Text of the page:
Free to play games often face a paradox. On the one hand, players are willing to buy their way out of challenges, but on the other hand they will only want to keep playing if they continue to find your game challenging. In other words, they want it both ways. They would gladly pay you to help them overcome challenges in your game, but players will only keep playing if there are more challenges ahead that they can’t overcome too easily. Here are some strategies to solve the “Pay to Win” paradox.
If you’re like me, you’d like to shake the hand of every player who pays you money, offering them the world if you could. However, since Purchase Ratios are usually only between 1% and 2% of your total downloads, you can’t really get that much revenue if every paying user pays only once. Wanting to give players a good user experience is a very important,but trying to give them a big “bang for their buck” will hurt you in the long run and will work against you in the end.
Don’t give away all keys to the castle at once. When you give players the keys to unlock everything in your game, the challenge of it suddenly stops, everything becomes instantly less interesting. What’s crucial to understand is that in order to solve this paradox, you should only sell gamers virtual items that provide immediate reward in the short term but that will also lead them to encounter future difficulties to overcome in the long haul. This makes the user think with two hats simultaneously. Give players the ability to overcome the immediate challenge within character, so that once he is past the difficult level, he deflates in stature and goes back to the character he was – leaving the challenge still intact.
A Few Approaches to Solve the “Pay to Win” Paradox
The Razor Blade Strategy
This tactic cuts out benefits simultaneous to giving them. Whenever you sell a great Power-up for coins or real money, make sure that the paid upgrade also uses up another energy resource, one that players only have limited access to. To explain this in greater detail, let’s look at a couple examples. If in a driving game you sell players a new car, make sure that it uses up more of another resource like fuel. Or if you sell players a weapon, make sure that it consumes energy or time whenever it is used. Barracks sells a Level 5 upgrade for training super troops, but it also costs a lot of gold coins to build.
It’s easy to design a narrative around why these upgrades use up extra energy points and there are lots of articles in the Soomla Blog with advice for building energy consumables that make sense in the gameworld you’ve designed. Plan for what happens after players buy your virtual goods, by making sure that they are faced with some tough decisions about when and where to use their new abilities. This way you’ve kept the game interesting and rewarding for players who buy, while still keeping it challenging for them to keep playing.
Make the Next Level of Difficulty +n Rather Than Just +1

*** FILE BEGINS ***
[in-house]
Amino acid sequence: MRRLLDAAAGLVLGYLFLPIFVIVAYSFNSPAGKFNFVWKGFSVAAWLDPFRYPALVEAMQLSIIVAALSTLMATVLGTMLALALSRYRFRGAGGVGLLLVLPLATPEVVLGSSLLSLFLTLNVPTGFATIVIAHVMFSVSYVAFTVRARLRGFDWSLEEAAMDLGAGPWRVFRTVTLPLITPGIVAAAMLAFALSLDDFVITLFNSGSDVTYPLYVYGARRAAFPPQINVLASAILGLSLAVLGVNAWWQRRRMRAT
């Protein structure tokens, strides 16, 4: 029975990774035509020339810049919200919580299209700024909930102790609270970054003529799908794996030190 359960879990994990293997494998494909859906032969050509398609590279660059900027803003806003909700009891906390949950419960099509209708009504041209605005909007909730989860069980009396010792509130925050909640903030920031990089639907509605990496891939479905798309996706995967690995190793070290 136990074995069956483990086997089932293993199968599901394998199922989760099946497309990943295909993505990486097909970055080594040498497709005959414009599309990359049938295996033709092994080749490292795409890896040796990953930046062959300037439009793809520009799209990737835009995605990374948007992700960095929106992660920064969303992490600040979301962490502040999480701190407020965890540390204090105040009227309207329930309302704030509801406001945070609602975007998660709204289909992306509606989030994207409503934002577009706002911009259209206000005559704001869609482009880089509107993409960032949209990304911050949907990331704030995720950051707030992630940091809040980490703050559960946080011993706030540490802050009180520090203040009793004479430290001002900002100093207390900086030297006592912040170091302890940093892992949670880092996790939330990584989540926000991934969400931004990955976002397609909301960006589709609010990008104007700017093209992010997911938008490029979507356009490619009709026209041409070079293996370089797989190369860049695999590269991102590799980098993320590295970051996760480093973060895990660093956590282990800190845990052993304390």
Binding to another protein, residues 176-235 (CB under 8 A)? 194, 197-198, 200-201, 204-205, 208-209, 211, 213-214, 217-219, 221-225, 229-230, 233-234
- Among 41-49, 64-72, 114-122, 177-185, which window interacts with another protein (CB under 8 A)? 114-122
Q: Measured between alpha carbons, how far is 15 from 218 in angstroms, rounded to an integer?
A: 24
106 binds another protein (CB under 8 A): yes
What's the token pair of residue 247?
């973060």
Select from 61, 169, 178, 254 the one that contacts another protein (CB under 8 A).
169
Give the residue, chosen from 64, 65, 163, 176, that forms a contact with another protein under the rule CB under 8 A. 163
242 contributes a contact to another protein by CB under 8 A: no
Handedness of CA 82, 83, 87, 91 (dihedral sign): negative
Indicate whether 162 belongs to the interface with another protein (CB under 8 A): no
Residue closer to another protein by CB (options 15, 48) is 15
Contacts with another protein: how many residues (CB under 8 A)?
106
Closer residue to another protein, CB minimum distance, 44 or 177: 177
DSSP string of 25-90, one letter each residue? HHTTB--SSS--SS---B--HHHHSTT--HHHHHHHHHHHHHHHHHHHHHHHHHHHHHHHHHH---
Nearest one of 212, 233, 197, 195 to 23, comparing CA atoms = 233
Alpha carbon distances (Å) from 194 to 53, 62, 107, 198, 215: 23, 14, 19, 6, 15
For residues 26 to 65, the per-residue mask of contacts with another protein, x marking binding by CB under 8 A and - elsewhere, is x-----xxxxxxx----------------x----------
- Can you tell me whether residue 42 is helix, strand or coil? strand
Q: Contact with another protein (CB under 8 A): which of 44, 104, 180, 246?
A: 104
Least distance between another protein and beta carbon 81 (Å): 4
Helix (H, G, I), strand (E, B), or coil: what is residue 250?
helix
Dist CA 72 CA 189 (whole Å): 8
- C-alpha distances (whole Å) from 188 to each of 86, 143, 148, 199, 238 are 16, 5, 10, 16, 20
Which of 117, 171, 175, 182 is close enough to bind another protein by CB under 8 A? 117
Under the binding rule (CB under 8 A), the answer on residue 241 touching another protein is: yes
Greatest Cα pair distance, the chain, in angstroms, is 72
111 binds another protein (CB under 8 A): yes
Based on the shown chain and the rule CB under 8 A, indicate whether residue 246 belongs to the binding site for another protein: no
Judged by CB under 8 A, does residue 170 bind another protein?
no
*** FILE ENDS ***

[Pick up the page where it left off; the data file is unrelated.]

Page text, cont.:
Here is the math formula on this for all the geeks out there: O(n^2) / O(n) for a good difficulty curve. For the rest of you non-math people, all this means is that future levels have to become exponentially more difficult than the previous ones when you have purchases on offer in your store. You could still build in easier levels and mix them in with the hard ones, but overall the hard levels need to get increasingly more difficult.
Take for example Clash of Clans, where building a City Hall in Level 5 costs twice as much as a City Hall in Level 4 (as a post to a linear increment of 1000 coins between levels). This presents a situation where the paying user might have to skip a couple levels but sooner or later things will catch up with him.
This is a good practice to get into regardless of ‘pay to win’ but it really helps here as well. Most recently, King.com showed how effective this can be with Candy Crush Saga. Games built with a certain component of luck are proven to engage players longer compared with ones that have more determined results. Team sports in real life all have random elements like weather, players health, etc.imagine how sports games would be without luck factors. They would be totally boring to play if that randomization element were missing and the superior team would always win. Without randomness built-in, why would teams bother even showing up to compete?
Games just work better when each team has a chance at winning. Luck gives your game a feeling of real competition. This is even more important for paying players, to keep games challenging. As they say, ‘You may be able to buy better odds at winning, but you’ll never buy total victory’. This is more in tune with real-life anyway, so use randomization as a strategy to keep your game challenging. If it normally takes 5 shots to destroy a tank, instead of selling a weapon that blows tanks up in a single shot, sell players a weapon that increases the chances of making that critical hit on the tank by 20%, or else it will still take five shots to blow it up.
Some of these strategies are used exclusively by some games, but the most successful games have balanced game economies that use a mixture of all three approaches. In order to prevent players from “Paying to Win”, game developers might have togive characters less value in in order to give paying players more enjoyment.
We at SOOMLA are interested in hearing from you about your experiences with balancing game economies, please hit me up with an email at firstname.lastname@example.org or via twitter @y_nizan